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[Editorial] Indoor mask mandate

Consistent policy needed to brace for winter COVID-19 surge

A debate has been reignited over lifting indoor mask mandates as cautious attitudes toward COVID-19 infection is steadily being replaced by public complacency, but authorities and experts have offer mixed views about easing mandatory masking.

The municipal government of Daejeon sent an official notification to the government’s COVID-19 response headquarters Sunday, saying it will lift the indoor mask mandates from next year through its own administrative order unless the central government lifts it by Dec. 15.

South Chungcheong Province also said it would support the move by pushing for an independent step to lift the mandate, sparking dispute as to whether the central government should consider lifting the restriction that has long been regarded as a hassle yet offering significant protection against coronavirus infection.

Government steps against potentially lethal viruses such as imposing or lifting mandatory rules including indoor mask mandates are controlled by top officials at the central government and provincial administrations. Daejeon and South Chungcheong Province hold their own authority to adjust the mandates, but it is also worrisome that only a couple of local administrations would move in a different direction.

The key logic behind lifting indoor mask mandates allegedly involves the reality in which most people do not wear masks at restaurants and cafes, rendering mask mandates meaningless. The view that masks hinder children’s emotional and language development is another aspect that supports the lifting of the regulation.

In addition, the US, France, the Netherlands, Hungary and other countries have already lifted mask mandates for all places -- a trend likely to pressure other nations to follow suit.

But not all countries have opted for no masking policy. Germany, for instance, maintains mask mandates for medical and social welfare facilities, as well as public transportation. Japan has also maintained indoor mask mandates.

The government’s official position is unsurprisingly conservative. It says more consideration is necessary before lifting indoor mask mandates and it is opposed to a local administration easing the restriction on its own initiative.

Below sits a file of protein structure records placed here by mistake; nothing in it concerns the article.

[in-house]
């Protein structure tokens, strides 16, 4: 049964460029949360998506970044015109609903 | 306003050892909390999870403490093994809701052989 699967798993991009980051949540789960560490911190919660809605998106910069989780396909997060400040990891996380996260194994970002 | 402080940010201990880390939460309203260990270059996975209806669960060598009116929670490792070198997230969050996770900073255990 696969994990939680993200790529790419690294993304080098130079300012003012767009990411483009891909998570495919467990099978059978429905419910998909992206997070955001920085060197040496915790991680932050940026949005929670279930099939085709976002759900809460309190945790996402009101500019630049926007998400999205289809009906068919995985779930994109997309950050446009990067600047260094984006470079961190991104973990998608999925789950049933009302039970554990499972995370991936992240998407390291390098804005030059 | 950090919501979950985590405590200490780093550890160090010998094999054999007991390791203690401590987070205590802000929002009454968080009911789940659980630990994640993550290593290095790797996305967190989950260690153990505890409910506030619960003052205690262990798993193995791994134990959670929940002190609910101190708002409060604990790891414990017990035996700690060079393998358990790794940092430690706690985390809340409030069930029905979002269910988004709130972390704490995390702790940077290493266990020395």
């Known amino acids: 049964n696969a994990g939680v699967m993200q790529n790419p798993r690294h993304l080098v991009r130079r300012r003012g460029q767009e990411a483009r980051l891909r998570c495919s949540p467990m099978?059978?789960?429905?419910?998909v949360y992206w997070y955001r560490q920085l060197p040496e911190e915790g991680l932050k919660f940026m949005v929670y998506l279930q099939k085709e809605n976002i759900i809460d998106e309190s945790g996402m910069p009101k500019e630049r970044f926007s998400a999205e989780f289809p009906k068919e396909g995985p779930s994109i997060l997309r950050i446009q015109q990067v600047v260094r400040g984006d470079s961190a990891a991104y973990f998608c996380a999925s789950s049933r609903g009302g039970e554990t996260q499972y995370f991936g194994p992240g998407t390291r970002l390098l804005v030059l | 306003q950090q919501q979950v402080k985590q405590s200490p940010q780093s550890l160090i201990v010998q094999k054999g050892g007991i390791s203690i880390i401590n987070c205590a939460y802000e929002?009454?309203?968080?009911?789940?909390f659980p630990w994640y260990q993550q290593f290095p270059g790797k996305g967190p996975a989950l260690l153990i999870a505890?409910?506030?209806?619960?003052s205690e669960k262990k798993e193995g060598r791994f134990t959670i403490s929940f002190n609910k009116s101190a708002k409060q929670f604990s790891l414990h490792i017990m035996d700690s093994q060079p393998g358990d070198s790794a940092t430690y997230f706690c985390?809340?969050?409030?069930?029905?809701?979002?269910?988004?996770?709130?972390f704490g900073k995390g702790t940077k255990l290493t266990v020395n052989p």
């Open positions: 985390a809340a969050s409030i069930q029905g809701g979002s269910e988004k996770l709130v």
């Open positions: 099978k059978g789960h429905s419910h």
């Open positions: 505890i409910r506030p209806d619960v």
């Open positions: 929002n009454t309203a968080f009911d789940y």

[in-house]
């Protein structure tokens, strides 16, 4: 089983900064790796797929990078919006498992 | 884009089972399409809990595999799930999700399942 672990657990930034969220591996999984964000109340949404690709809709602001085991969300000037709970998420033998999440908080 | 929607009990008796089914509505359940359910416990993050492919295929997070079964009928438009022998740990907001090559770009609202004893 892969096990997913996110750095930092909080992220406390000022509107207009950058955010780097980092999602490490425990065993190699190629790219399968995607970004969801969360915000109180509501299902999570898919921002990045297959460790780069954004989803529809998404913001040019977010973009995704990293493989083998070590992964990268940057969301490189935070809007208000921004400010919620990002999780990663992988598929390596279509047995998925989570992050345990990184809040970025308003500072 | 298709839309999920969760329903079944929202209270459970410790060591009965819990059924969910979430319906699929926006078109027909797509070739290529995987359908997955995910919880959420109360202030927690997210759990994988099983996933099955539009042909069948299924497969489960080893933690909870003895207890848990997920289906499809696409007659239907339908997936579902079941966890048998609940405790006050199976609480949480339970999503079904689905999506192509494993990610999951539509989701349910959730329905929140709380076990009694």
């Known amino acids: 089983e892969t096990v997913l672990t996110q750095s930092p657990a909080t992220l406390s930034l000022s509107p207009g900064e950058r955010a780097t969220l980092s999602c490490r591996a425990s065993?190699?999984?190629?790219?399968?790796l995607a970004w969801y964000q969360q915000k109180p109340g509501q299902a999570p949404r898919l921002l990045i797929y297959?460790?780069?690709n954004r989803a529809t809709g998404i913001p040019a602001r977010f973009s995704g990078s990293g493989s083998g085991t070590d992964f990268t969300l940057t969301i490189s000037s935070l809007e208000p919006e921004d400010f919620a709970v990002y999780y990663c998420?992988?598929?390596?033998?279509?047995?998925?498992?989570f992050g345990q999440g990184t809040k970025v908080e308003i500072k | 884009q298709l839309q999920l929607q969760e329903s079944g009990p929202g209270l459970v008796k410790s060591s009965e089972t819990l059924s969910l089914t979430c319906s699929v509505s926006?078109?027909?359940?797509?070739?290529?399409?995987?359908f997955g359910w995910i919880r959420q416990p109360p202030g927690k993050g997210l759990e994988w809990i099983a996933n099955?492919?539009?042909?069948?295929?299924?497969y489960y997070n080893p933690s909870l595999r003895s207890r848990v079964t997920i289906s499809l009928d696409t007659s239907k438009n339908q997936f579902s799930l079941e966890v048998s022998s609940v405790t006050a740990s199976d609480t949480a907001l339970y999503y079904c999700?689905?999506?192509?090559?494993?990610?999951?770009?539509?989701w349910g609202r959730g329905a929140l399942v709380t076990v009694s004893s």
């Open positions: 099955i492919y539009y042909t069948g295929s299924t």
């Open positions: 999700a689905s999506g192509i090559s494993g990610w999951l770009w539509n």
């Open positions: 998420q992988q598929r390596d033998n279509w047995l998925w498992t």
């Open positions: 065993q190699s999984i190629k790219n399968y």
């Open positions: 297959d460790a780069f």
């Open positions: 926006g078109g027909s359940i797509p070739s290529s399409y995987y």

Jung Ki-suck, who chairs the Special Response Center of the Central Disaster and Safety Countermeasure Headquarters, said at a briefing Monday that there is no meaningful change that warrants the lifting of indoor mask mandates yet. Jung said if indoor mask mandates are lifted, the number of new COVID-19 cases and related deaths among those at high risk will certainly go up.

The spread of COVID-19 has not reached a stagnant phase yet, Jung said, adding that there are many infected patients who do not report their cases to authorities.

Official figures show it is still premature to conclude that COVID-19 is receding. The country’s new COVID-19 cases jumped Tuesday to 77,604, hitting the highest level since Sept. 14, according to the Korea Disease Control and Prevention Agency.

The KDCA said the country added 24 COVID-19 deaths and the number of critically ill patients was 443 -- figures that offer no assurance about lower infection risks. In fact, the coronavirus is generating more cases in recent weeks as people tend to spend more time indoors, where infection risks are higher due to colder weather.

The spread of influenza is another reason authorities cite to oppose the lifting of indoor mask mandates. “When mask mandates are lifted at schools, a huge wave of influenza infections, as well as the spread of COVID-19, will follow,” Jung said.

With new cases on the rise, more debate and exchanges of information about the impact of indoor mask mandates based on scientific data are needed.

Against this backdrop, an arbitrary move of a local administration is feared to generate confusion among the public about the need for indoor mask mandates, whose preventive effect remains powerful against a possible winter surge of virus infections.

To prevent a hasty and potentially damaging decision, the government should push for a consistent mask mandate policy until it draws up specific conditions for shifting from legal obligations on masking to recommendations.



By Korea Herald (khnews@heraldcorp.com)
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